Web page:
The South Carolina State Museum has acquired a walking stick that was presented to Frederick Douglass in 1888. The ebonized wood cane sold at a Cowan’s auction in Cincinnati on February 20th of this year for an impressive $37,500, far exceeding the presale estimate of $3,000-5,000. The museum was able to stay in the exorbitant bidding thanks to its acquisition and collections fund, moneys set aside to secure coveted objects for the museum’s permanent collection.
The cane was a beautifully customized gift given to the Frederick Douglass on a speaking tour of South Carolina. Its gold cap features strawberries (in Christian art, the strawberry symbolizes righteousness and nobility of spirit) against a hammered background and is engraved “Hon. F. Douglass / From D.L.I. / Charleston S.C. / Mar. 6th / 1888.” It bears the makers mark of Robert Fitz Simmons of Attleboro, Massachusetts, a chaser and engraver who had a thriving business as a watch chain manufacturer and then expanded into other product lines.
Reconstruction had ended with abrupt finality in 1877 and like the rest of the former Confederate states, South Carolina had resegregated with bloody gusto. Douglass’ speaking tour 11 years later to South Carolina and Georgia was fraught with peril. He was the most famous black man in the country, instantly recognizable (he was the most photographed African American of the 19th century) and just as outspoken a critic of white supremacy after the war as he had been an abolitionist before and during.
On his stop in South Carolina, he delivered two lectures: European Travels and Self-Made Men. The former gave an account of his observations of the difference between racial attitudes in Europe and the United States as he had experienced on his travels, particularly his two-year-long abolitionist lecture tour in the mid-1840s. The latter was a speech about men born into misery who achieve their ambitions without any advantages of birth, connections, wealth, early education or any kind of encouraging environment. First written in 1859, it was a popular lecture that he continued to deliver to rapt crowds night unto his death in 1895.
A review for his delivery of these speeches at Claflin College, a historically black university founded by Methodist missionaries in 1869 for the education of freed slaves and their children, in The Orangeburg Times and Democrat was positive, if tinged with ominousness. The brief blurb described Douglass as “no doubt the most distinguished colored man in the world” but noted that “Upon being questioned by a student on civil rights matters in America, he advised him to “Agitate! Agitate! Agitate!'” That didn’t go down so well. “His manner was pleasing and dignified, but his subject for the time was assuredly ill chosen.” I somehow doubt the paper would have approved of the subject matter at any other time either.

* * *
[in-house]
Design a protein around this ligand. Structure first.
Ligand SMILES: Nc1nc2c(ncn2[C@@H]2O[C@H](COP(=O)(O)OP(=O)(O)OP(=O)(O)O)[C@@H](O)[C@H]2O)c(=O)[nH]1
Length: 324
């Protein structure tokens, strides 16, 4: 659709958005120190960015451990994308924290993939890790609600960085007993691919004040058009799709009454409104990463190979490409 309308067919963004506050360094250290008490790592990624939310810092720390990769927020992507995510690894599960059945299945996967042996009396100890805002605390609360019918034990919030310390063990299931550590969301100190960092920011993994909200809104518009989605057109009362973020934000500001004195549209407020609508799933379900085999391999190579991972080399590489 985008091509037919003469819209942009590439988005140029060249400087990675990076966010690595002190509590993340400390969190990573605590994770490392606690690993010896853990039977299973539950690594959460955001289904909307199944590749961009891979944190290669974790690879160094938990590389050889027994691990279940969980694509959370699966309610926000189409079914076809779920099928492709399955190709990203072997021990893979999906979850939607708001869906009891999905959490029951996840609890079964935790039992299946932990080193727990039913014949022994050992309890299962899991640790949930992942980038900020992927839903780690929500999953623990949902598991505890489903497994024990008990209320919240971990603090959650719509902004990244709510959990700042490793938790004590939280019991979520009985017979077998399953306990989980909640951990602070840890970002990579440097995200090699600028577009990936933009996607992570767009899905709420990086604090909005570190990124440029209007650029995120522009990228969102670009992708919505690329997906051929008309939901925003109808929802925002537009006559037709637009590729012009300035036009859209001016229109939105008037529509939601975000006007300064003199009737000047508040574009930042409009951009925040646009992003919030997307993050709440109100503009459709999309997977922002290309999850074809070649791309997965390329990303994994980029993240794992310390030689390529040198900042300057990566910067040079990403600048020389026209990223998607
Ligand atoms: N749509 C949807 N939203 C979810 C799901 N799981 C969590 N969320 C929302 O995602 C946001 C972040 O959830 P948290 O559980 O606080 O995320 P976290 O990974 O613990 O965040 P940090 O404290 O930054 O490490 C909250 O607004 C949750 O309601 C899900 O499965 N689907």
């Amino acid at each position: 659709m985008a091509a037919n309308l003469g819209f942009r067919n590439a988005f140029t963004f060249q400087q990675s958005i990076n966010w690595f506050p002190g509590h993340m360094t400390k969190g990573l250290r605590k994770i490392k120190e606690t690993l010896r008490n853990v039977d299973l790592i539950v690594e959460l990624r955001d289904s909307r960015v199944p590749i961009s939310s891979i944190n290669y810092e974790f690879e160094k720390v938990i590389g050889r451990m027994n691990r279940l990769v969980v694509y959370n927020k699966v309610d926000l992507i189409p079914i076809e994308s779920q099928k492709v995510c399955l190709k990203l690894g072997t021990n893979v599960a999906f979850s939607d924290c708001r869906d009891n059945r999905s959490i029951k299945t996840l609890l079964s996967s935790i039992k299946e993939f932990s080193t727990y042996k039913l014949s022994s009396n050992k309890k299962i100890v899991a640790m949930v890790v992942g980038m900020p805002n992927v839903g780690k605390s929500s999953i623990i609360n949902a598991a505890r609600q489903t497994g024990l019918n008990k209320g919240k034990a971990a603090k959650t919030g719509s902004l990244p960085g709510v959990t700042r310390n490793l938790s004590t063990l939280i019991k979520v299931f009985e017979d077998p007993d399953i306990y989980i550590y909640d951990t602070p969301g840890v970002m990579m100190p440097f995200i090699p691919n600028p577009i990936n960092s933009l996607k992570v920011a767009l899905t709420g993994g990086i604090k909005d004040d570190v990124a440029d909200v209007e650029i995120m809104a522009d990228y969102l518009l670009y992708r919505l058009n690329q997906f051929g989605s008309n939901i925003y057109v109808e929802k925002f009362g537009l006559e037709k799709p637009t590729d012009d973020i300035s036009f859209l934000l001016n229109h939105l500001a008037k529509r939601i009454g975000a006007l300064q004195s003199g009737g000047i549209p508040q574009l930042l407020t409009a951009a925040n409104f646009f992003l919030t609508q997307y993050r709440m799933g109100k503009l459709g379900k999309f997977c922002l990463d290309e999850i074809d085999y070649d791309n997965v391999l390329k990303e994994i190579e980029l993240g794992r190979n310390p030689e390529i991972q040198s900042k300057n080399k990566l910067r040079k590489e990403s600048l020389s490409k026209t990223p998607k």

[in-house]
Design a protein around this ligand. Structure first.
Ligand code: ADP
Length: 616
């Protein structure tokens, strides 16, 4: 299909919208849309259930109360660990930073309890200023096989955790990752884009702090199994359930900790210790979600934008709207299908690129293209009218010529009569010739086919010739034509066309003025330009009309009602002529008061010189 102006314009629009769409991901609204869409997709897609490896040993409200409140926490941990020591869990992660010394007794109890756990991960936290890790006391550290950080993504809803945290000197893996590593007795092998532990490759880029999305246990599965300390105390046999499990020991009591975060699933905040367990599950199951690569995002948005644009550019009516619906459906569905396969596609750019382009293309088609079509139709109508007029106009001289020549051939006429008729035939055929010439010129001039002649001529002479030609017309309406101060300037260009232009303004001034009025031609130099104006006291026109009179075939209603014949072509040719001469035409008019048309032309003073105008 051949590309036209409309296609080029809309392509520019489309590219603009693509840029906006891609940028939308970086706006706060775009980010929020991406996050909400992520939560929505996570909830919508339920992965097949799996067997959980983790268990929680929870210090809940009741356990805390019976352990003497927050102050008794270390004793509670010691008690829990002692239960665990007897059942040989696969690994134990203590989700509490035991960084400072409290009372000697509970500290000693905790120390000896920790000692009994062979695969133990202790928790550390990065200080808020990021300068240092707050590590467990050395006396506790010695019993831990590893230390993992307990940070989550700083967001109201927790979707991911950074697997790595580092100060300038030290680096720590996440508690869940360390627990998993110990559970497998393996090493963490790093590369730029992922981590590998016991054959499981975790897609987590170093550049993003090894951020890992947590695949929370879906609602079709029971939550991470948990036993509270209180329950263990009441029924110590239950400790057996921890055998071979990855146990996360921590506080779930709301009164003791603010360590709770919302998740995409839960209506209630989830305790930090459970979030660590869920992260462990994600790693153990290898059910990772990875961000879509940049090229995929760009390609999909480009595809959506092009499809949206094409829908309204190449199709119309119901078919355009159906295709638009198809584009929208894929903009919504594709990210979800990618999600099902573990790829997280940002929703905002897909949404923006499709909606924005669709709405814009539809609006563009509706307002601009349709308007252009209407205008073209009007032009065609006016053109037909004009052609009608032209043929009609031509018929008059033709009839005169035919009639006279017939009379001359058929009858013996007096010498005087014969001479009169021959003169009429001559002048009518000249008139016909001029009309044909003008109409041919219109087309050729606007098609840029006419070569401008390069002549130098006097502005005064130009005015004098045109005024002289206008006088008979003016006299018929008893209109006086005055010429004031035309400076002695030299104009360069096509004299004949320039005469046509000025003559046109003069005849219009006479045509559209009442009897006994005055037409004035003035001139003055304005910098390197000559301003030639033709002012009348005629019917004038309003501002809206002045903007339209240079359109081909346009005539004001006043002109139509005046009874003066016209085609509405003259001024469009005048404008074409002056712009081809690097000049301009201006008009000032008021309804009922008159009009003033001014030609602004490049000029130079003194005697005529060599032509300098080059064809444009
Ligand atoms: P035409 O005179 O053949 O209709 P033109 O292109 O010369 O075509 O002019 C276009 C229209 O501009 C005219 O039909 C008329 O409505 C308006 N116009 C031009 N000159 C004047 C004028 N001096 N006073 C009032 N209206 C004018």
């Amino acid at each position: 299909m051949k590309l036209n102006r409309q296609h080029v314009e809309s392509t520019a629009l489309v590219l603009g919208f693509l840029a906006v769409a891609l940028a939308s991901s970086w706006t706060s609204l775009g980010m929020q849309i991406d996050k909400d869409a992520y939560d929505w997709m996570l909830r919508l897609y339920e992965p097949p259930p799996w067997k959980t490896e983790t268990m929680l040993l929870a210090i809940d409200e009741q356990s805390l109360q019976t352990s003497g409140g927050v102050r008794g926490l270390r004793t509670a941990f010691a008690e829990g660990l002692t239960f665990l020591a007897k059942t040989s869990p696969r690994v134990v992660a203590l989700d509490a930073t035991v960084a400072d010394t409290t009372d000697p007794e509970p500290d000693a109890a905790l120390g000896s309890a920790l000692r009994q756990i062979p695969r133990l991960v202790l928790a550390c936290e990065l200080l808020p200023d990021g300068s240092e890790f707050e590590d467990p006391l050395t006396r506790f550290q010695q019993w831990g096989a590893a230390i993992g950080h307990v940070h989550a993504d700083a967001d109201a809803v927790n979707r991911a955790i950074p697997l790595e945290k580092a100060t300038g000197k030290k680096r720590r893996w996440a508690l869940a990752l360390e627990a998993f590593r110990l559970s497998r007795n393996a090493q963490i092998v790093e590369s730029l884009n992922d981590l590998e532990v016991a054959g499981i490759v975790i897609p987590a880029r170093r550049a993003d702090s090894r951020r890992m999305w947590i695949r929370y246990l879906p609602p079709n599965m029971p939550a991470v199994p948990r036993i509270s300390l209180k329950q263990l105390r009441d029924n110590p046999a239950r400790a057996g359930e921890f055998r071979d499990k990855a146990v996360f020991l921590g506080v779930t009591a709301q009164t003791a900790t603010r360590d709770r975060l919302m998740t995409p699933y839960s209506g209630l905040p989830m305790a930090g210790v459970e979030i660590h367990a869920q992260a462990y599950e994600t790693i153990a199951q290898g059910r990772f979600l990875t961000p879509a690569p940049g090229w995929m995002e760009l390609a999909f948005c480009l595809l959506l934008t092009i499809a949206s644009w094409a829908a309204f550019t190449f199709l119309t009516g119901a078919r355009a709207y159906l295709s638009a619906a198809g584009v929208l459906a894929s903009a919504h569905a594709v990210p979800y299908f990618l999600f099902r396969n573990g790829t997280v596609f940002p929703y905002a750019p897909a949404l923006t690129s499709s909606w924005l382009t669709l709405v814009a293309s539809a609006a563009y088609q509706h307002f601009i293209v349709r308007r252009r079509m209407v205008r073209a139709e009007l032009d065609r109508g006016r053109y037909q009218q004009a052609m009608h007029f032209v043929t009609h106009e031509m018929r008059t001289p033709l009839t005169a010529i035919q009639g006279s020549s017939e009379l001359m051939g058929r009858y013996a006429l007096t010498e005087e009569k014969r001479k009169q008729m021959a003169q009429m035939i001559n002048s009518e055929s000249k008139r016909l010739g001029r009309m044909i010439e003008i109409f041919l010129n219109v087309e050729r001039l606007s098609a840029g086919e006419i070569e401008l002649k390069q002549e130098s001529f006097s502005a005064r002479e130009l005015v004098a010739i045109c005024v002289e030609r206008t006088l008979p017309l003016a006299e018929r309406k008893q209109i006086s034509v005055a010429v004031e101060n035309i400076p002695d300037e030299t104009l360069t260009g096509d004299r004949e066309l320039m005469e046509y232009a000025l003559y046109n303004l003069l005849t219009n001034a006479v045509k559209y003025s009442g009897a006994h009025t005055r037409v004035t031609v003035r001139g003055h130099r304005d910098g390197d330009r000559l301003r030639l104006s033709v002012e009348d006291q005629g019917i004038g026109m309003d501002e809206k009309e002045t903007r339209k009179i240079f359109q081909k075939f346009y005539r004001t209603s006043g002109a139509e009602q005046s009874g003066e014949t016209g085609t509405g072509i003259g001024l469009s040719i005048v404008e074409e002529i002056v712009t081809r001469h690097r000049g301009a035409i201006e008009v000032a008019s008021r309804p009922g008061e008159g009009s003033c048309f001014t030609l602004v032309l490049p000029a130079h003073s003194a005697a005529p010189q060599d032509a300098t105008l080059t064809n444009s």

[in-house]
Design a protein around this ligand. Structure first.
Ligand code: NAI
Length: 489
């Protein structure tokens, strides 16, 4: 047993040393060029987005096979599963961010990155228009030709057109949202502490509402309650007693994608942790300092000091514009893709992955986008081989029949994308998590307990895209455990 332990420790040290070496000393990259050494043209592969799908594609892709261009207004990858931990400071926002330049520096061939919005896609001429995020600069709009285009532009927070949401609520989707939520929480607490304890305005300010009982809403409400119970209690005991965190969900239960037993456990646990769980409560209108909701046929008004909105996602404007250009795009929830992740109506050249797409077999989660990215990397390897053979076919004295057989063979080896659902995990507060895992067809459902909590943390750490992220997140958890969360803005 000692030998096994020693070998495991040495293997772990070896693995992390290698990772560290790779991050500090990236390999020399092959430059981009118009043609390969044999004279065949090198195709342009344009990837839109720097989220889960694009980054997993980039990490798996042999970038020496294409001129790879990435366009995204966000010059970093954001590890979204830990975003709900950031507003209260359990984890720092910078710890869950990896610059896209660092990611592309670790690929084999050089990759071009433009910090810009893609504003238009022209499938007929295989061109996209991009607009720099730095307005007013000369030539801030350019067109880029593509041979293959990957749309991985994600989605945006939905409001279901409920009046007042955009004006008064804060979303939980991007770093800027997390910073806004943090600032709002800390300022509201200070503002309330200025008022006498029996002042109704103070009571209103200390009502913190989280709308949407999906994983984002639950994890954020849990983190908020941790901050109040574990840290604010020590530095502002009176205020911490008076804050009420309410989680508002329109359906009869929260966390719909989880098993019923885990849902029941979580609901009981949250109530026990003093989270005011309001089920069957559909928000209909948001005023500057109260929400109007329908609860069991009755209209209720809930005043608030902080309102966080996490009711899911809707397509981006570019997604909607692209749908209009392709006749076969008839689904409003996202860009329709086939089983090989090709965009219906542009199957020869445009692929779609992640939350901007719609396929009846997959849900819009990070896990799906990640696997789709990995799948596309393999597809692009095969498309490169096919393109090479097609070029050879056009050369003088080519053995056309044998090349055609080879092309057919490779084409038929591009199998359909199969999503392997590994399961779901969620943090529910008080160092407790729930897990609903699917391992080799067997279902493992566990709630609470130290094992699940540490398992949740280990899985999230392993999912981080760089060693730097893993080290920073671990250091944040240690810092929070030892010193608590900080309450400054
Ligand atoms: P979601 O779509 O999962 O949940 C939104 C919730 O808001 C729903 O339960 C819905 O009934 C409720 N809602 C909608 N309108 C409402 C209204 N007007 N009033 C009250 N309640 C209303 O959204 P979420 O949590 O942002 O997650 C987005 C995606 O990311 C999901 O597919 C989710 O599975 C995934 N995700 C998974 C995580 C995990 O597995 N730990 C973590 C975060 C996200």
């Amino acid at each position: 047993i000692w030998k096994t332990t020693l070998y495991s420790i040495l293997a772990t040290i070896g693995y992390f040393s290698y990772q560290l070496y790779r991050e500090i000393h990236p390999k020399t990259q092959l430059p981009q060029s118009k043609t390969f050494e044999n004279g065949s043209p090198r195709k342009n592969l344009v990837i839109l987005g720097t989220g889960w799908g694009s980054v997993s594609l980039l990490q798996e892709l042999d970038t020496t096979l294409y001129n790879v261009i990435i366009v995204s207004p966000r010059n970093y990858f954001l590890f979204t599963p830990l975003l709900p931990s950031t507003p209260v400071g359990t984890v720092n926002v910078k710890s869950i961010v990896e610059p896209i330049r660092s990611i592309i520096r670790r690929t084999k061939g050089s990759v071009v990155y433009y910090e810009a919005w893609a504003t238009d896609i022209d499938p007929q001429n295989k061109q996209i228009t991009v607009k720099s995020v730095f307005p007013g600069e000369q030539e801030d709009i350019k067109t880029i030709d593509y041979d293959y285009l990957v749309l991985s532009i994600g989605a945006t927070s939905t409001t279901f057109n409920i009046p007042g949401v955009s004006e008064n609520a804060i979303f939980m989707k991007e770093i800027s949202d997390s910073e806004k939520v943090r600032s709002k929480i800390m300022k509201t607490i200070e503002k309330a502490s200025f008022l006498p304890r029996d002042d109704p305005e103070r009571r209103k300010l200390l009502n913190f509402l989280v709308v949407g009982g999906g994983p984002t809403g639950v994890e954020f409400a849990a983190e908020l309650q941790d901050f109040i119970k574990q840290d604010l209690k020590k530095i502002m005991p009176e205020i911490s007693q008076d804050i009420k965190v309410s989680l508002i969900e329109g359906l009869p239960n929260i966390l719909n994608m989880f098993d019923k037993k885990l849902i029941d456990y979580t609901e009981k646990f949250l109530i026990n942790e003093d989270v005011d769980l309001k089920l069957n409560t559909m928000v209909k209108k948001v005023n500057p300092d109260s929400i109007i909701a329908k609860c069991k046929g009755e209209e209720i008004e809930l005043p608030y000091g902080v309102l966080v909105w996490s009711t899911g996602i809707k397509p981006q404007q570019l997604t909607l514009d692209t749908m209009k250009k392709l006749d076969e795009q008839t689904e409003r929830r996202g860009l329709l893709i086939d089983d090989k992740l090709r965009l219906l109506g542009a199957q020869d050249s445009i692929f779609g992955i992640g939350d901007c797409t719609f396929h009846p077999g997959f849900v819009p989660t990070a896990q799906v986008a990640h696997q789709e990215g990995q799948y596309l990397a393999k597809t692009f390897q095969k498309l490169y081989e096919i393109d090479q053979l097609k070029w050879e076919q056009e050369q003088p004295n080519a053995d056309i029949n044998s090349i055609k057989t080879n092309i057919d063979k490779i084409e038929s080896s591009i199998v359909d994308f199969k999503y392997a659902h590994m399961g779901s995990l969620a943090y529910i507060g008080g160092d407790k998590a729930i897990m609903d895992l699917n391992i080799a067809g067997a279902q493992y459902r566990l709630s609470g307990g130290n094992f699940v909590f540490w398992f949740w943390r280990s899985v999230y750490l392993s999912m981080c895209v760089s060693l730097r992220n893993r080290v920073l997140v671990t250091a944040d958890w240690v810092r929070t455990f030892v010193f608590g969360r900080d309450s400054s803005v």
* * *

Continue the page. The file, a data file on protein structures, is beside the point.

In Charleston, he delivered the speeches at the Mount Zion African Methodist Episcopal Church, founded in 1882 as the daughter church of Mother Emanuel AME Church, the oldest African Methodist Episcopal church in the South, founded almost 50 years before emancipation in 1817. Charleston’s population was majority black and there were several local African American militia companies named after black and abolitionist heroes Like Crispus Attucks and William Lloyd Garrison. One of them was the Douglass Light Infantry. After Douglass’ speech at Mount Zion AME, the members of the Douglass Light Infantry sang to him at their armory and presented him with the walking stick.
“Walking sticks and canes were often given as presentation gifts during the 19th century, and it is almost certain that Douglass received more than one in his lifetime,” noted Danielle Linn, senior specialist in American history at Cowan’s. “That said, I’ve never seen another cane owned by Douglass! It is especially significant that we were able to determine exactly when and where Douglass was gifted the walking stick,” Linn said. … “It is a rare privilege to hold something that we know belonged to one of the greatest figures of American history.”
“This walking stick is not only a notable object of national history, gifted to the preeminent abolitionist, writer and lecturer Frederick Douglass, it is a significant and meaningful piece of South Carolina history,” said JoAnn Ziese, the museum’s cultural history curator. “Adding this one-of-a-kind piece to our collection will help us continue to tell the wonderful stories of South Carolina for years to come.”
I’m curious to see if they tell the not-so-wonderful story of how South Carolina’s black militias were formed during Reconstruction to keep black voters from being murdered by white supremacist thugs, and how they were suppressed so thoroughly that even their beloved (by black people) Fourth of July parades in Charleston would be eliminated by the end of the century.